Portal de Eventos Científicos em Música, 3º Congresso Brasileiro de Iconografia Musical

Tamanho da fonte: 
Seduced by Another’s Art. A discussion on the power of transference in Roberto Sierra’s Kandinsky
Silvia Lazo

Última alteração: 2015-10-31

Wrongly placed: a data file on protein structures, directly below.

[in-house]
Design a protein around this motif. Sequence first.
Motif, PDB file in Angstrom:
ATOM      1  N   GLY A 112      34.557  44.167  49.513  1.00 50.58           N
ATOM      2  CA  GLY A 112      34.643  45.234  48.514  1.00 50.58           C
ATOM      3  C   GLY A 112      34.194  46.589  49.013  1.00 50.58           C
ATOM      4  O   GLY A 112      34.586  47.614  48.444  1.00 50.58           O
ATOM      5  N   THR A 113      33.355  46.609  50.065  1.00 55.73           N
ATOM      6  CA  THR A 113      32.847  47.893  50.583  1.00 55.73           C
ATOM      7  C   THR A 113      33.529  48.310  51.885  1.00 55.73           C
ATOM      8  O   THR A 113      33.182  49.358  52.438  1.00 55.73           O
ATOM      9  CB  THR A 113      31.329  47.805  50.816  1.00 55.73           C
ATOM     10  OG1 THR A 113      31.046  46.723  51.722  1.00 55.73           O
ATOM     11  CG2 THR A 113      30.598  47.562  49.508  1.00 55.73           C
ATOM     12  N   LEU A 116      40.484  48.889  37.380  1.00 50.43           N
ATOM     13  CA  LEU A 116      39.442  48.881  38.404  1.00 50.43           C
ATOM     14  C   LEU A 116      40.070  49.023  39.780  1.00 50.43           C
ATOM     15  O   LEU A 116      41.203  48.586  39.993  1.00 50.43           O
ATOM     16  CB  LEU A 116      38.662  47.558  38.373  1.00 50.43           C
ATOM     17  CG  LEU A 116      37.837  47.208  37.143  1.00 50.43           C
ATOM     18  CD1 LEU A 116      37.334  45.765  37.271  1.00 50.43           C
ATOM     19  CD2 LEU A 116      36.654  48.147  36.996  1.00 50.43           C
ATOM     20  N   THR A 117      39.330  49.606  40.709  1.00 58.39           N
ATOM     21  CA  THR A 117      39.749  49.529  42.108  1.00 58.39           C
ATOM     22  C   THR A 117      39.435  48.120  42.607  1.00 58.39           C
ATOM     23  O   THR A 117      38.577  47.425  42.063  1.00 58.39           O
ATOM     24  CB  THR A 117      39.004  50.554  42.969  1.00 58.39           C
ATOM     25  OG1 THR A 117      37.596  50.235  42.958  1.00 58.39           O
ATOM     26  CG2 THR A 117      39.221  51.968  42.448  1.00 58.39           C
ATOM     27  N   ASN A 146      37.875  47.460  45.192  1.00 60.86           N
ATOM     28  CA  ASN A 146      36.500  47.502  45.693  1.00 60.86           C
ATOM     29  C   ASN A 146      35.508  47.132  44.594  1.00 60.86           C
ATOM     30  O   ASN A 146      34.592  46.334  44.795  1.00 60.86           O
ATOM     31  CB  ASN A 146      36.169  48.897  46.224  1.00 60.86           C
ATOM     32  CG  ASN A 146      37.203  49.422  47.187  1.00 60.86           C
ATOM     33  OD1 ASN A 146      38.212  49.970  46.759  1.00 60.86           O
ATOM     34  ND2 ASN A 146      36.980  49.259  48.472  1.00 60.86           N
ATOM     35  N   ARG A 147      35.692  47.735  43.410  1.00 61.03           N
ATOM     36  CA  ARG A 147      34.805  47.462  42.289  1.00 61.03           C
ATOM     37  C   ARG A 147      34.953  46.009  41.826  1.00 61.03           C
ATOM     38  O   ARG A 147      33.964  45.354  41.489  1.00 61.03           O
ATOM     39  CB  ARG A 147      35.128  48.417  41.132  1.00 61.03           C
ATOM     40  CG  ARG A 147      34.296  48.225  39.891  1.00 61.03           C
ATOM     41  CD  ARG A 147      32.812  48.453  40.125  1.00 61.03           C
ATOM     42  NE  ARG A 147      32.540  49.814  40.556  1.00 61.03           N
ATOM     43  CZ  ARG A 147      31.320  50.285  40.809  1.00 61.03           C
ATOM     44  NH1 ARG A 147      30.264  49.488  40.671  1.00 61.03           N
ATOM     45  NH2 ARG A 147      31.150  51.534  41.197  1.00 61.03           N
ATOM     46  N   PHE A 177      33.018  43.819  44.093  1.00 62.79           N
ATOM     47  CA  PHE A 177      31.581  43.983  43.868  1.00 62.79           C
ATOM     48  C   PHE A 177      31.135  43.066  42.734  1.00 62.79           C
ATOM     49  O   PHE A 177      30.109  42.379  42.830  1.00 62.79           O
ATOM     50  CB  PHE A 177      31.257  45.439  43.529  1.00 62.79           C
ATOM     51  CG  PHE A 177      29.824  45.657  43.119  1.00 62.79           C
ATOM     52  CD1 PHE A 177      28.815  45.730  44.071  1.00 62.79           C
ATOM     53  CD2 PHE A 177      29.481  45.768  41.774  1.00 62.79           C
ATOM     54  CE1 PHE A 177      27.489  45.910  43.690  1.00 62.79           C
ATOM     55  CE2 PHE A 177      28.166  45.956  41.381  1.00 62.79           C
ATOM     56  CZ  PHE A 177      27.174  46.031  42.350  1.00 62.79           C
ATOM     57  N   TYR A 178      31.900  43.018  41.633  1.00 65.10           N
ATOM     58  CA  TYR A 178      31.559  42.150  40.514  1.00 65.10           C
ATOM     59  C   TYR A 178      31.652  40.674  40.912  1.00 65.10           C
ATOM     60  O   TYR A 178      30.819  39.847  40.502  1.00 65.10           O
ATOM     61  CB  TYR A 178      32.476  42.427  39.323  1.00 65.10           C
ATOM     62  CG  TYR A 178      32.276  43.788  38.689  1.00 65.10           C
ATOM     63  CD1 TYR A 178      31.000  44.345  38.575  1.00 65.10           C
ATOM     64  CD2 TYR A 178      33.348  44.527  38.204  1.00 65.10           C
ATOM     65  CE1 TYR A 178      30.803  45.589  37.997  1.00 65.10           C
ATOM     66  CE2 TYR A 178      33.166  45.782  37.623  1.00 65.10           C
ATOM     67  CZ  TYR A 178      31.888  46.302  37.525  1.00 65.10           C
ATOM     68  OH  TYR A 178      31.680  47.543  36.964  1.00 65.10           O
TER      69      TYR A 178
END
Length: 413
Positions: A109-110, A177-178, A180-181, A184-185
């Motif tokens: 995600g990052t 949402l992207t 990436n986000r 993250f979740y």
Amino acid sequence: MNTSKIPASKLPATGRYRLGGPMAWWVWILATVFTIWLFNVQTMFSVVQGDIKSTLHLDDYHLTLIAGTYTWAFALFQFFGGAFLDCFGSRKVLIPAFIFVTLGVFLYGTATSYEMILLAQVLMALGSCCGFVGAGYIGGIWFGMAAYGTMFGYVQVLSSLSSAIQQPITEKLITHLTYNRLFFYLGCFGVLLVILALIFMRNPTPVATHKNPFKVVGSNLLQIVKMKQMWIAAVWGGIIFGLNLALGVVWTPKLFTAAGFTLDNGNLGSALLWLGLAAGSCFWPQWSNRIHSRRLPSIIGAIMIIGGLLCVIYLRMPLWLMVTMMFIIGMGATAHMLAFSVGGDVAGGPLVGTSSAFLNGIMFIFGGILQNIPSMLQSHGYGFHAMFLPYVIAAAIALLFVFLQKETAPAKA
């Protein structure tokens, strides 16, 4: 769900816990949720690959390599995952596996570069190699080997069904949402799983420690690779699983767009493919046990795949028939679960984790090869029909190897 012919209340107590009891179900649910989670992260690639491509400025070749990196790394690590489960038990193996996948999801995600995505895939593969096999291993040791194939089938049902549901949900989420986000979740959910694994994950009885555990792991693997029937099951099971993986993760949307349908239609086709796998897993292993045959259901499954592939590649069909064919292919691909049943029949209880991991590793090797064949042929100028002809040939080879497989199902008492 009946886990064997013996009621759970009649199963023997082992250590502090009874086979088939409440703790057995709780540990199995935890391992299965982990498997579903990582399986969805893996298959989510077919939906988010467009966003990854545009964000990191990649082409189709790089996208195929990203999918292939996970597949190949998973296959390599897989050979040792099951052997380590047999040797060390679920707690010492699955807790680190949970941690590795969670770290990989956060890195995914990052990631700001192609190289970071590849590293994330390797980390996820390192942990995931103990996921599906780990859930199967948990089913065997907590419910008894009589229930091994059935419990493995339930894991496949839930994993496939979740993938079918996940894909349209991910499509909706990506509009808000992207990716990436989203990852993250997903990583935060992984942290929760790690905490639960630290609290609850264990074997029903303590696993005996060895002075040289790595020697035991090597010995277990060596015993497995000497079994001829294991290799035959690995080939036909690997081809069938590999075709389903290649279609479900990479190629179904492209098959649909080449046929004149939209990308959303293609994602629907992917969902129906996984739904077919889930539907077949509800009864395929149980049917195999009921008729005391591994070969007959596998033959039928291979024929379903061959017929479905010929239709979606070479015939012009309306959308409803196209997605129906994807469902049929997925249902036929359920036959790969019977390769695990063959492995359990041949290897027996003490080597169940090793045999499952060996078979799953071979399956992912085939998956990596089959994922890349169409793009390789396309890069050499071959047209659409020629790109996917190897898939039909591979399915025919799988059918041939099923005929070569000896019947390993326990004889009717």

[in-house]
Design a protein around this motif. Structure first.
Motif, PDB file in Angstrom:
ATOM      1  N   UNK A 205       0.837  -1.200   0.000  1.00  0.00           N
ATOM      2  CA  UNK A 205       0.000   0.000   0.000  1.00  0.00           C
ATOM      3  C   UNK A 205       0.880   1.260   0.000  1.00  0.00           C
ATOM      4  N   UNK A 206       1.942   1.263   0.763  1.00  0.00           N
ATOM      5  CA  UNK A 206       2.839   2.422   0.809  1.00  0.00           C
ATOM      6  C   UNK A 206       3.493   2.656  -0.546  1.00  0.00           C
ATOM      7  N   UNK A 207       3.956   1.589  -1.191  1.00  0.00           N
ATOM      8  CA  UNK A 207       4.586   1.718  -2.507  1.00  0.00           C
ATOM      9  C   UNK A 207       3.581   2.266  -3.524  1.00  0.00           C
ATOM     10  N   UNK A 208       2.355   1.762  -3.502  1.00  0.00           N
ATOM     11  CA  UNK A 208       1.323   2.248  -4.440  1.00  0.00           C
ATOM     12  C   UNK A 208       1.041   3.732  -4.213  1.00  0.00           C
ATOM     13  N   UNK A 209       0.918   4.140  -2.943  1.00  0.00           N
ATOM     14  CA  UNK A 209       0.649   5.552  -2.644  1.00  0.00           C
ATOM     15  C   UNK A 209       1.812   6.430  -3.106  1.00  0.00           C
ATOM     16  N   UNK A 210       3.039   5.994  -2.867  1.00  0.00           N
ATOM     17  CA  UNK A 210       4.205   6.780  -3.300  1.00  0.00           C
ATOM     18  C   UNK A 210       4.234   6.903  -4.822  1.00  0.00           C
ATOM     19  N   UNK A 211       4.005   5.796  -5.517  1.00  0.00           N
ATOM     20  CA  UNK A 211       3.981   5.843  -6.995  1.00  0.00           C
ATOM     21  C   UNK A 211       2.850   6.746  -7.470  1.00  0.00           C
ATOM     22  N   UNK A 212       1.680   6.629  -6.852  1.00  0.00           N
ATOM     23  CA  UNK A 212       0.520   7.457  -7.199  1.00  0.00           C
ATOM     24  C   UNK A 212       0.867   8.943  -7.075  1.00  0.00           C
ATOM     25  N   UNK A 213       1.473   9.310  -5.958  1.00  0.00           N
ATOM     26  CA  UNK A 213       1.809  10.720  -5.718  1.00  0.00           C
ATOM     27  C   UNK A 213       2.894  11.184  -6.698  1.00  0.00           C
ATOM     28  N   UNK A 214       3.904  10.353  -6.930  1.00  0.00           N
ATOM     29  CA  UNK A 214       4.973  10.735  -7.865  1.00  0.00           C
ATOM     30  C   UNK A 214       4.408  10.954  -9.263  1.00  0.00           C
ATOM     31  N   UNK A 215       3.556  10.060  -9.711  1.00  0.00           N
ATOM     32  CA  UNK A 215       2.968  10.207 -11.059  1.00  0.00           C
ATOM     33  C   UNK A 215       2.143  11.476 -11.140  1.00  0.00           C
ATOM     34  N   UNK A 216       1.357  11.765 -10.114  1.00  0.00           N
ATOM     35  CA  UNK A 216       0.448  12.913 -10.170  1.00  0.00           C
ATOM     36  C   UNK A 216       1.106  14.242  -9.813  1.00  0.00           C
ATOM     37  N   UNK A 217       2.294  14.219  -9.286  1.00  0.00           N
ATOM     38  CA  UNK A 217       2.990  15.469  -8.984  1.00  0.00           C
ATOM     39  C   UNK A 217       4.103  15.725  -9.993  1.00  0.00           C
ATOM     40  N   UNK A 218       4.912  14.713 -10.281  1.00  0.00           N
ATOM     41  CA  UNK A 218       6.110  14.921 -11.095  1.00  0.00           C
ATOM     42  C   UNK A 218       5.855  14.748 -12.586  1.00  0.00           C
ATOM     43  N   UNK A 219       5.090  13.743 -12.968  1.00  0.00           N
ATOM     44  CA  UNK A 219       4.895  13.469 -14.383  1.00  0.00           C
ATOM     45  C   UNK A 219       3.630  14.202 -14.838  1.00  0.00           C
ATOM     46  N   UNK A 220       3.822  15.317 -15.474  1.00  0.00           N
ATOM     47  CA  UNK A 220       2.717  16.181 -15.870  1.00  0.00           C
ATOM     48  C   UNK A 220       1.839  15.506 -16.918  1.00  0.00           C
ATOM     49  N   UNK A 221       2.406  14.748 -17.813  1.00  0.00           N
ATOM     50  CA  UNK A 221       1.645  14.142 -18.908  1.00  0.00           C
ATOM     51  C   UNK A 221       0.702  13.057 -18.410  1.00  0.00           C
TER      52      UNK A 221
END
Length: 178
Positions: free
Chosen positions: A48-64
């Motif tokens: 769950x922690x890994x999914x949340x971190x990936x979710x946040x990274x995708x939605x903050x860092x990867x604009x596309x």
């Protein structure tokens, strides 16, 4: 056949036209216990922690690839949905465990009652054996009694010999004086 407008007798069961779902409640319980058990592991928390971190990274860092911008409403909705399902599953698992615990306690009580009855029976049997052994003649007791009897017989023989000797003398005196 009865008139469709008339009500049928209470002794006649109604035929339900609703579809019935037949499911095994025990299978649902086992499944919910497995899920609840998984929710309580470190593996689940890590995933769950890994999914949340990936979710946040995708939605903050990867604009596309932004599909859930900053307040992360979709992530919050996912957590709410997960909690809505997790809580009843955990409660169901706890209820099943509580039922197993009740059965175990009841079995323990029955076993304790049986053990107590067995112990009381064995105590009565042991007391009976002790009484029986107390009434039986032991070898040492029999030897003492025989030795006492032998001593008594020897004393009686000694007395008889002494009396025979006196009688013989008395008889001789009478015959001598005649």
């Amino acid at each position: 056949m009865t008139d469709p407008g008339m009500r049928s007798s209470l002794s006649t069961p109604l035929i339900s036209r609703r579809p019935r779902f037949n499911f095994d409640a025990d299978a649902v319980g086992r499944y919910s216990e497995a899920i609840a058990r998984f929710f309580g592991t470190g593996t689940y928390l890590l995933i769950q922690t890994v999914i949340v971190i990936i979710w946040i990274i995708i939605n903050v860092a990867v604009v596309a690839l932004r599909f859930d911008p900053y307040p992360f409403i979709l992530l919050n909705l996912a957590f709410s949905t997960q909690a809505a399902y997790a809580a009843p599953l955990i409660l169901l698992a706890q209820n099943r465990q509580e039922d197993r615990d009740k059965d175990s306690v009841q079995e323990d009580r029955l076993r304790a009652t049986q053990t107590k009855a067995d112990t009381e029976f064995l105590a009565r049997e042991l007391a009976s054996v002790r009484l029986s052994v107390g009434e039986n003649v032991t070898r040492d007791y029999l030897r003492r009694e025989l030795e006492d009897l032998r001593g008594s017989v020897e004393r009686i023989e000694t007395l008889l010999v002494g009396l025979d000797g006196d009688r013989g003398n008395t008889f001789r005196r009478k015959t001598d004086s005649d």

Roberto Sierra is one of the foremost composers of Puerto Rico and a very im-portant Latino voice in American music. Yet, a comprehensive study of his life and impressive catalogue is still lacking in musicological literature. The present discussion is an extension of a topic covered in an original paper I started in 2014, highlighting the impact of visual media in Sierra’s life and music. In this essay, which I intend to include in my upcoming biography of the composer, I also seek to further a vast body of existing scholarly material on Vasily Kandinsky (1866–1944) and his own fascination with music. Here, however, I refer mostly to Roberto Sierra’s piano quartet, Kandinsky, formally commissioned by the U.S. Library of Congress on 16 July 2002, and premiered as part of its 2003–04 Season of Concerts. At the crossing of these two mediums, visual and musical, both Sierra and Kandinsky were (not unjustifiably) captivated by the transformational power of manifesting elements of an akin artform into another. Set several decades apart, both artists embraced distinct artforms for very different reasons and outcomes. While Kandinsky aimed at constructing visual bridges to the spiritual realm, Sierra’s pluralistic perspective tended towards a more individual, inner satisfaction through aesthetic play. In my discussion, I hope to provide greater insight into the way Sierra articulates his place in the constellation of artistic figures and phenomena that preceded him.

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